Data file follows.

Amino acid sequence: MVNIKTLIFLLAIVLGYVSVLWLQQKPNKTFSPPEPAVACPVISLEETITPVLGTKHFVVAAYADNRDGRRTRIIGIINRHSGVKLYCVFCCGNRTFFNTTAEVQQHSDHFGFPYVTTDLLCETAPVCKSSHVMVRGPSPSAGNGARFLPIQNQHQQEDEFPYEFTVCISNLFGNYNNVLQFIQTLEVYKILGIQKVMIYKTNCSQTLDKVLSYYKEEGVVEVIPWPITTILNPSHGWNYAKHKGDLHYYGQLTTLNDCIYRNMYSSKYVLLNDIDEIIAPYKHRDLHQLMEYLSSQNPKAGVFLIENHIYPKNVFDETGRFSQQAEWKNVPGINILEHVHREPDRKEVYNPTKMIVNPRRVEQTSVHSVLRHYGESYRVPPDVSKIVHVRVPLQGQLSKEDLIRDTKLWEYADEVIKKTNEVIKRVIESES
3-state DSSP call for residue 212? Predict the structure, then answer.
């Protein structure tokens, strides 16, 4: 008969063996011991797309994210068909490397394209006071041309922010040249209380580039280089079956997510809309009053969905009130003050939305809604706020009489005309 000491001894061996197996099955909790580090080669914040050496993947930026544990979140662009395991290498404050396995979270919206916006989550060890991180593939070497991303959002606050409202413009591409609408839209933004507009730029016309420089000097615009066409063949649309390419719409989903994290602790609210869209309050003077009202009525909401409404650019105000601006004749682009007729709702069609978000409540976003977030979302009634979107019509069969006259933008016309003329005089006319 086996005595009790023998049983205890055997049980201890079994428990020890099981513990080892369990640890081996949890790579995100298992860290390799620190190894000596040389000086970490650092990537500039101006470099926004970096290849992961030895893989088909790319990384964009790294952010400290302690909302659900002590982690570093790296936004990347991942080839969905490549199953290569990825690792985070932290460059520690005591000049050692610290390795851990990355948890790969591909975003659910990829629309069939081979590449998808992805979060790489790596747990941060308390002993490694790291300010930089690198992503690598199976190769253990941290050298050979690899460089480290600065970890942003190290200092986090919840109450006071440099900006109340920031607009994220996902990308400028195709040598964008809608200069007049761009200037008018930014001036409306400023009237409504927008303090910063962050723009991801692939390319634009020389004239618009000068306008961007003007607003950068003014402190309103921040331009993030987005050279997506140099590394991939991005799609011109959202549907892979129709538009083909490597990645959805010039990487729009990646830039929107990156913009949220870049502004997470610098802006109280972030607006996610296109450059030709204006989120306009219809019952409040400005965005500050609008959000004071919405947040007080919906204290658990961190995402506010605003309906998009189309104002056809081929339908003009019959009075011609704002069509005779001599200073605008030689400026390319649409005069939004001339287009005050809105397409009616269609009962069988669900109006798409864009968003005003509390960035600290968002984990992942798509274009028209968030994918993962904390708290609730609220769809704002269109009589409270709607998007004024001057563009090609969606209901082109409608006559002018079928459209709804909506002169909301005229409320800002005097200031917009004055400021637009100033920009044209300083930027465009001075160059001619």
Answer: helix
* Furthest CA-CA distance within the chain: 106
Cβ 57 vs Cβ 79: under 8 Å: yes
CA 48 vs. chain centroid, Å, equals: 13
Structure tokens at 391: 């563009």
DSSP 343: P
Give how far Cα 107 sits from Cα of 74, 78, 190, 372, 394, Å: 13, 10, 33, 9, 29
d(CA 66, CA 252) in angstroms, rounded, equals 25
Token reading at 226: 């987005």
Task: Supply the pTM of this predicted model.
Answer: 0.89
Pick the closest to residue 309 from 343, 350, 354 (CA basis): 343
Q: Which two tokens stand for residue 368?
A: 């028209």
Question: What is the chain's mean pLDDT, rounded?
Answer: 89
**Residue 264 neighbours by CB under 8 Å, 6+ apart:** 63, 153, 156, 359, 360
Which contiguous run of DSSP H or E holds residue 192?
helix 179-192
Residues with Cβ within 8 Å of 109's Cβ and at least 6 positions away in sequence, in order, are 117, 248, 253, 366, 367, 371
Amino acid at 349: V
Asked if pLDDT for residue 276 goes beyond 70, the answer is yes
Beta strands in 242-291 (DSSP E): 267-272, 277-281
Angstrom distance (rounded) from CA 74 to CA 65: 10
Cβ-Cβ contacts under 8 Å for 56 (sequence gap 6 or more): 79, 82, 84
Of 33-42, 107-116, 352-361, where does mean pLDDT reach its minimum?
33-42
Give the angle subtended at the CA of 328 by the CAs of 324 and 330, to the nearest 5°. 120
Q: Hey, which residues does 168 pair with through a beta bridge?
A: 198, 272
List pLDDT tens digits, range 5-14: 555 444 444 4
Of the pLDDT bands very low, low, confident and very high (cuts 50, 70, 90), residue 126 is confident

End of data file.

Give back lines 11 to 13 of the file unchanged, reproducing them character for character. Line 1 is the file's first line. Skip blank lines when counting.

d(CA 66, CA 252) in angstroms, rounded, equals 25
Token reading at 226: 């987005």
Task: Supply the pTM of this predicted model.